Back to Africa! During our road trip across South Africa we stopped for three days in Lesotho, the wonderful Mountain Kingdom surrounded by South Africa, and had a lovely stay at Malealea Lodge, a fantastic place to stay and experience ‘Lesotho in a nutshell’!
Before traveling to Africa, I didn’t know what darkness was. In Europe and Asia, electricity turns nights into a multicoloured continuation of the day. In rural Africa, when night falls, the realm of darkness begins.
I noticed it for the first time in Madagascar – in the absence of street lights, the rhythms of the day are still dictated by the cycle of the sun. It’s rare to see people out after dark. There’s no halo of street lamps, no neons flickering. The world seems to have fallen under a soft, black quilted blanket, so thick it’s hard to see even your own feet.
3 Days in Lesotho – Our Arrival
The same thought mulled in my mind as we drove into Lesotho for our three-day stay, right at the moment of day when shadows can’t lengthen any further. The tangerine sunset gave way to a mauve twilight, and afterwards, darkness fell on us.
We kept driving following the dusty haze of our high beams, an uncertain blue dot inching its way through Google Maps. Finally, after a couple of hours, we reached a mountain pass known as ‘Gateway of Paradise’, halfway down an unpaved, potholed road – there was a plaque on the rock wall, bearing a message, but it was too dark to read.
It may well have been the Gateway of Hell, for there was not a single light in the entire valley.
Our destination was Malealea Lodge, a sustainable community lodge high in the mountains of Lesotho. Even though, in Lesotho terms, the 1800 meters of Malealea aren’t even that high – the small country is also known as ‘the mountain kingdom’, as the entirety of its territory is comprised of mountains. At 1400 meters, the lowest point in Lesotho is the highest lowest point in any country in the world.
[Related –Our Southern Africa Itinerary]
Lesotho Culture & History
I have always been fascinated by small countries – the idea of a separate entity developing independently while completely surrounded by a larger, often (but not always) more powerful country. Why isn’t Lesotho part of South Africa, I wondered. After all, it’s not a tax haven like Monaco or Andorra, nor an economic powerhouse like Singapore.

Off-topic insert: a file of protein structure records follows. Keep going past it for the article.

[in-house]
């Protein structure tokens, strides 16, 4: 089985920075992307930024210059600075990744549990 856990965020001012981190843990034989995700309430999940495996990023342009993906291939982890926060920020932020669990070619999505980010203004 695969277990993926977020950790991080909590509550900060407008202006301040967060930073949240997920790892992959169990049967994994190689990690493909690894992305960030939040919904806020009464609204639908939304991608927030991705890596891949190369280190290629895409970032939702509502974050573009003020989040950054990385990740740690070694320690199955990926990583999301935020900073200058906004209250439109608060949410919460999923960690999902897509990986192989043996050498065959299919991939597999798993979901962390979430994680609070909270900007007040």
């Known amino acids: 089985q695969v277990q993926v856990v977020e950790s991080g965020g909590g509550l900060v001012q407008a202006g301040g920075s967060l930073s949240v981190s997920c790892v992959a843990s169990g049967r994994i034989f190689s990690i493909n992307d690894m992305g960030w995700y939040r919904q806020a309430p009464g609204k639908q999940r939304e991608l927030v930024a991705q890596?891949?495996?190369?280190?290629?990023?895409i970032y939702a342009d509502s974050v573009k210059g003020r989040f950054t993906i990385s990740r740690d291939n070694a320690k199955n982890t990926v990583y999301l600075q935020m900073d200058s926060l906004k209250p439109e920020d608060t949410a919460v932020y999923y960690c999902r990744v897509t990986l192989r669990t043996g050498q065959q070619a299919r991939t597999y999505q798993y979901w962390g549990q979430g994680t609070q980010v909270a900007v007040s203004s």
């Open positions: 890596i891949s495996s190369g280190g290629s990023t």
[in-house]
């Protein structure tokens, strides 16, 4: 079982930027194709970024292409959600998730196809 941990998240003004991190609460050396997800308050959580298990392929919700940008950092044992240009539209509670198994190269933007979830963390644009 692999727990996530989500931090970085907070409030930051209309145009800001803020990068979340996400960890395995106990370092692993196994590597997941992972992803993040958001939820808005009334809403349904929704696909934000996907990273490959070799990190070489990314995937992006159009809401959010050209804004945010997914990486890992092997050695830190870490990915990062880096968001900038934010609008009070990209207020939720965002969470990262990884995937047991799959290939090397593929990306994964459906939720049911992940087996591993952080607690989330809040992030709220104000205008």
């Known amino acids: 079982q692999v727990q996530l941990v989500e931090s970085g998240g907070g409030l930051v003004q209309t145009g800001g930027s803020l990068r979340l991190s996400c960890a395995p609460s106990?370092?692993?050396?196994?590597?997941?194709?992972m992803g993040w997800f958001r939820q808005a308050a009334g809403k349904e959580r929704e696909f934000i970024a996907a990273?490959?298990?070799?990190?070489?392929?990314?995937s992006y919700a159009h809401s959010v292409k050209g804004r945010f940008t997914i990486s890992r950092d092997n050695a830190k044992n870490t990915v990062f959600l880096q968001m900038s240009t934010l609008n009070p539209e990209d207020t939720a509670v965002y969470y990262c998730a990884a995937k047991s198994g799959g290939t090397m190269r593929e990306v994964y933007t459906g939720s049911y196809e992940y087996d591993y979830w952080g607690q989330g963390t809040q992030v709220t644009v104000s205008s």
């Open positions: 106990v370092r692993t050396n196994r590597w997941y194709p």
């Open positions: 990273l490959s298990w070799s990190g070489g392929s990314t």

The main ethnic group in Lesotho are the Basotho people, speaking a language of Bantu origin named Sotho or Sesotho, sounding completely different from ‘clicky’ Zulu and Xhosa. The name ‘Lesotho’ translates as ‘the land of the people who speak Sesotho’, and Basotho are ‘the people who speak Sesotho’.
The country was unified in the early-1800s by King Moshoeshoe I, a chief who collected local clans around his leadership and transformed a fragmented tribe land into a single political entity. Lesotho was a British protectorate for just under a century, until it gained independence in 1966.
Basotho culture is influenced by neighbouring South Africa, but it also retains some unique features, including traditional music, handicrafts and clothing. The most recognisable pieces of clothing are the Basotho blanket, a thick, patterned woollen blanket worn differently by men and women, and the Basotho hat, a conical hat depicted at the center of the national flag.
Malealea Lodge Community Projects
After reaching Malealea in darkness, we woke up to a glorious bright winter day. The lodge was located in a clearing on the top of a hill, surrounded by mountains on all sides. The lower half of the mountainsides was terraced, and planted with sorghum and maize, the two staples of Basotho diet.
There were very few trees, and in the drought of winter the landscape looked golden and burnt ochra, save for the deep blue of the rocky peaks stretching onwards towards the horizon.
Lesotho is one of the poorest countries in Southern Africa, with the majority of the population supporting themselves through subsistence farming and shepherding. The country is also plagued by a rampant HIV epidemic – it is estimated that up to 25% of the population of Lesotho is HIV positive.
Staff at Malealea Lodge comes from the neighbouring villages, and the lodge organises community and village walks that benefit local businesses. On top of that, every evening a local choir and band are invited to perform for tourists at Malealea. Choirs and bands are usually made up of disadvantaged local young people, looking for – in the words of a choir member – ‘a purpose in life, an alternative to sitting around in the village’.